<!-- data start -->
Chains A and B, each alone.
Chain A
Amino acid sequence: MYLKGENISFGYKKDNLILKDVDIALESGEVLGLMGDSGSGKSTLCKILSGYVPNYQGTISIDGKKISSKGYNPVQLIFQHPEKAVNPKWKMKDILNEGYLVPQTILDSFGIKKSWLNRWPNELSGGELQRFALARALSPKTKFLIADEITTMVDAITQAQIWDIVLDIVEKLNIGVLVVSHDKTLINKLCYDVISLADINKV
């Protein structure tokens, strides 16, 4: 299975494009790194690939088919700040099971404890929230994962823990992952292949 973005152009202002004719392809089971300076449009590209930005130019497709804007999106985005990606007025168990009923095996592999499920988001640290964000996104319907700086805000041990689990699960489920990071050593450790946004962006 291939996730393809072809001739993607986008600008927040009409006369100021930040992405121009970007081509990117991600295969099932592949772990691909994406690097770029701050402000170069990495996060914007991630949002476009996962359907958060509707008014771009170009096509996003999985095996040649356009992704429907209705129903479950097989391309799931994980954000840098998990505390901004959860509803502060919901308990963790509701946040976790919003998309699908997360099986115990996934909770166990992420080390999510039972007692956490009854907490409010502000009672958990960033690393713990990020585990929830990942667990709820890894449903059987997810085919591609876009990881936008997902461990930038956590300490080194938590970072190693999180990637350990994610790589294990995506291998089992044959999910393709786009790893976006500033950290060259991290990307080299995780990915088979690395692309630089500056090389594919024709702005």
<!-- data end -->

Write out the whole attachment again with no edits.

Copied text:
Chains A and B, each alone.
Chain A
Amino acid sequence: MYLKGENISFGYKKDNLILKDVDIALESGEVLGLMGDSGSGKSTLCKILSGYVPNYQGTISIDGKKISSKGYNPVQLIFQHPEKAVNPKWKMKDILNEGYLVPQTILDSFGIKKSWLNRWPNELSGGELQRFALARALSPKTKFLIADEITTMVDAITQAQIWDIVLDIVEKLNIGVLVVSHDKTLINKLCYDVISLADINKV
């Protein structure tokens, strides 16, 4: 299975494009790194690939088919700040099971404890929230994962823990992952292949 973005152009202002004719392809089971300076449009590209930005130019497709804007999106985005990606007025168990009923095996592999499920988001640290964000996104319907700086805000041990689990699960489920990071050593450790946004962006 291939996730393809072809001739993607986008600008927040009409006369100021930040992405121009970007081509990117991600295969099932592949772990691909994406690097770029701050402000170069990495996060914007991630949002476009996962359907958060509707008014771009170009096509996003999985095996040649356009992704429907209705129903479950097989391309799931994980954000840098998990505390901004959860509803502060919901308990963790509701946040976790919003998309699908997360099986115990996934909770166990992420080390999510039972007692956490009854907490409010502000009672958990960033690393713990990020585990929830990942667990709820890894449903059987997810085919591609876009990881936008997902461990930038956590300490080194938590970072190693999180990637350990994610790589294990995506291998089992044959999910393709786009790893976006500033950290060259991290990307080299995780990915088979690395692309630089500056090389594919024709702005």